Unhoused

Andrea Barrett, “Andrea Barrett, The Art of Fiction No. 180″ by Elizabeth Gaffney, The Paris Review 168 (Winter 2003)

INTERVIEWER
Do you think this feeling of not being at home is part of what made you into a writer?

BARRETT
Sure. I’ve never known a writer who didn’t feel ill at ease in the world. Have you? We all feel unhoused in some sense. That’s part of why we write. We feel we don’t fit in, that this world is not our world, that though we may move in it, we’re not of it. Different experiences in our lives may enforce or ameliorate that, but I think if they ameliorate it totally, we stop writing. You don’t need to write a novel if you feel at home in the world. We write about the world because it doesn’t make sense to us. Through writing, maybe we can penetrate it, elucidate it, somehow make it comprehensible. If I had ever found the place where I was perfectly at home, who knows what I would have done? Maybe I would have been a biologist after all. No great loss if that had been the case, but it didn’t work out that way.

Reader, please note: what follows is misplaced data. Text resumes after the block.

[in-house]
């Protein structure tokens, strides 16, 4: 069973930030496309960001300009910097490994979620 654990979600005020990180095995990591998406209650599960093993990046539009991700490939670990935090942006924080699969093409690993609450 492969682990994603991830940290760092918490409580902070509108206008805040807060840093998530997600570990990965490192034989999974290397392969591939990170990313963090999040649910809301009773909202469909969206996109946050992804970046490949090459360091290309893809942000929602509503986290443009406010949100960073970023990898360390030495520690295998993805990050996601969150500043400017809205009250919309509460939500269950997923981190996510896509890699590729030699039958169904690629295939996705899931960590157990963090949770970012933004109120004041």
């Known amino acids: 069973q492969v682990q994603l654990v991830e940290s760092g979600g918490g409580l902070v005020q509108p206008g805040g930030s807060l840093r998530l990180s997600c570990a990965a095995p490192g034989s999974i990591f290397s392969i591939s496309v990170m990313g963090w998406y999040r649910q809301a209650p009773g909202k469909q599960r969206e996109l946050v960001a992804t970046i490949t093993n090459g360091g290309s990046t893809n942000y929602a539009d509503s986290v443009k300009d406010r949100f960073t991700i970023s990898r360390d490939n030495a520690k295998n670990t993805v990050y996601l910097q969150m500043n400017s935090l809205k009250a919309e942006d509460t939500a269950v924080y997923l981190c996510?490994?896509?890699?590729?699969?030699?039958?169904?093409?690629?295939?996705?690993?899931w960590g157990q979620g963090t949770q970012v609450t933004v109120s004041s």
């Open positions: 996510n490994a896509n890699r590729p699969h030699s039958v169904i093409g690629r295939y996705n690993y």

See Mary Ruefle.

My Virtual Novel Was Worth More Than My Actual Novel

Ben Lerner, 10:04, 2014

“Well, your first book was unconventional but really well received. What they’re buying when they buy the proposal is in part the idea that your next book is going to be a little more … mainstream. I’m not saying they’ll reject what you submit, although that’s always possible; I’m saying it may have been easier to auction the idea of your next book whatever you actually draft.”

I loved this idea: my virtual novel was worth more than my actual novel.

Deep Inside the Moment

Nick Cave, 20,000 Days on Earth

I love the feeling of a song before you understand it. When we’re all playing deep inside the moment. The song feels wild and unbroken. Soon it will become domesticated, and we will drag it back to something familiar and compliant, and we’ll put it in the stable with all the other songs. But there is a moment when the song is still in charge, and you just cling on for dear life, and you’re hoping you don’t fall off and break your neck or something. It is that fleeting moment that we chase in the studio.

See Peter Markus.